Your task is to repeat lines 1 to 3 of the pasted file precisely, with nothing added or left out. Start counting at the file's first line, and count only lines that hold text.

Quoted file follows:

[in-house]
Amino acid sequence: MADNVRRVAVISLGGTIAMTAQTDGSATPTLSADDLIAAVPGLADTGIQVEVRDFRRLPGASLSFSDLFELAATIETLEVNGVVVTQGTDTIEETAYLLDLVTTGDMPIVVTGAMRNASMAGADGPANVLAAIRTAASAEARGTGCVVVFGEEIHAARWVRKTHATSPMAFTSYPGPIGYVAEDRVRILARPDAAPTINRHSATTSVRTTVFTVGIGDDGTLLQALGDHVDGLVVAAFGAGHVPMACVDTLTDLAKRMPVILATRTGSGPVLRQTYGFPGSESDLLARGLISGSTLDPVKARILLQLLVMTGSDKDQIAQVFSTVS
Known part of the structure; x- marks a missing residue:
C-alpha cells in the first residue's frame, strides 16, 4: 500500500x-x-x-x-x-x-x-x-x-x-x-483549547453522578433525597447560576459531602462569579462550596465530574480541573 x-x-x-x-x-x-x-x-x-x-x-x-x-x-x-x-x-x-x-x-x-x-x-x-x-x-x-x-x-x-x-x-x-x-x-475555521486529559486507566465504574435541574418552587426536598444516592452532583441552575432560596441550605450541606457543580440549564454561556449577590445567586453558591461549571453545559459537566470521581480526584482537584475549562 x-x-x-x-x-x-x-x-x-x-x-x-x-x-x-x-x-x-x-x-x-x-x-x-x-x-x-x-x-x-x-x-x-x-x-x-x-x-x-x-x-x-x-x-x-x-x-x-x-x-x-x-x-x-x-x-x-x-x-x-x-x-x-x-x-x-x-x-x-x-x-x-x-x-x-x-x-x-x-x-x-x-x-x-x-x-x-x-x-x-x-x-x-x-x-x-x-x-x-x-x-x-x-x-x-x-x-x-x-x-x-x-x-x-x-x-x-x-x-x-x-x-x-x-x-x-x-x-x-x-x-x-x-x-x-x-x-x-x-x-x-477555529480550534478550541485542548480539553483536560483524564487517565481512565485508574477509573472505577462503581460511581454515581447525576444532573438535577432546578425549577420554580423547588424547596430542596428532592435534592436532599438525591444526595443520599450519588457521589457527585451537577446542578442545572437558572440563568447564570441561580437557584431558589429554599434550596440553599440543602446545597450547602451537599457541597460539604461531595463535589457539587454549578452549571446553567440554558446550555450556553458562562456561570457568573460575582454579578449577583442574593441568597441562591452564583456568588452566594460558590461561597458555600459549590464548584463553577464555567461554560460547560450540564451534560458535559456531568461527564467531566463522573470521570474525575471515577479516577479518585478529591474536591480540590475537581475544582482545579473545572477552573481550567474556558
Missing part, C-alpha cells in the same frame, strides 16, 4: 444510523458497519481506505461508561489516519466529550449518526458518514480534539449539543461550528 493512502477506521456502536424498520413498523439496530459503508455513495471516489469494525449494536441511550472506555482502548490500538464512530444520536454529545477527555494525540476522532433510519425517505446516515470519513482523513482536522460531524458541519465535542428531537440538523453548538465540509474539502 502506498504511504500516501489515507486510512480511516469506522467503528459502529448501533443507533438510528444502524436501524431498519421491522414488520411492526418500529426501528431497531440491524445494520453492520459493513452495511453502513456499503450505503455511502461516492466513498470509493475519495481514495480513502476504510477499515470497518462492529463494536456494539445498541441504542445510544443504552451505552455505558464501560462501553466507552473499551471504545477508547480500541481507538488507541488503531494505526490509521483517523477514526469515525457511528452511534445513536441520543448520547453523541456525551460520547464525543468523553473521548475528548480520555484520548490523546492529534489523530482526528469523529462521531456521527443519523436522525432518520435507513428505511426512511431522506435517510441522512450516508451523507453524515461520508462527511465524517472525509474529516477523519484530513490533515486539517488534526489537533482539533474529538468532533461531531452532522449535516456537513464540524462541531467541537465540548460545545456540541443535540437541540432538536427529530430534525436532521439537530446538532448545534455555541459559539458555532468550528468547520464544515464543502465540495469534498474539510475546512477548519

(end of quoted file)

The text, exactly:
[in-house]
Amino acid sequence: MADNVRRVAVISLGGTIAMTAQTDGSATPTLSADDLIAAVPGLADTGIQVEVRDFRRLPGASLSFSDLFELAATIETLEVNGVVVTQGTDTIEETAYLLDLVTTGDMPIVVTGAMRNASMAGADGPANVLAAIRTAASAEARGTGCVVVFGEEIHAARWVRKTHATSPMAFTSYPGPIGYVAEDRVRILARPDAAPTINRHSATTSVRTTVFTVGIGDDGTLLQALGDHVDGLVVAAFGAGHVPMACVDTLTDLAKRMPVILATRTGSGPVLRQTYGFPGSESDLLARGLISGSTLDPVKARILLQLLVMTGSDKDQIAQVFSTVS
Known part of the structure; x- marks a missing residue: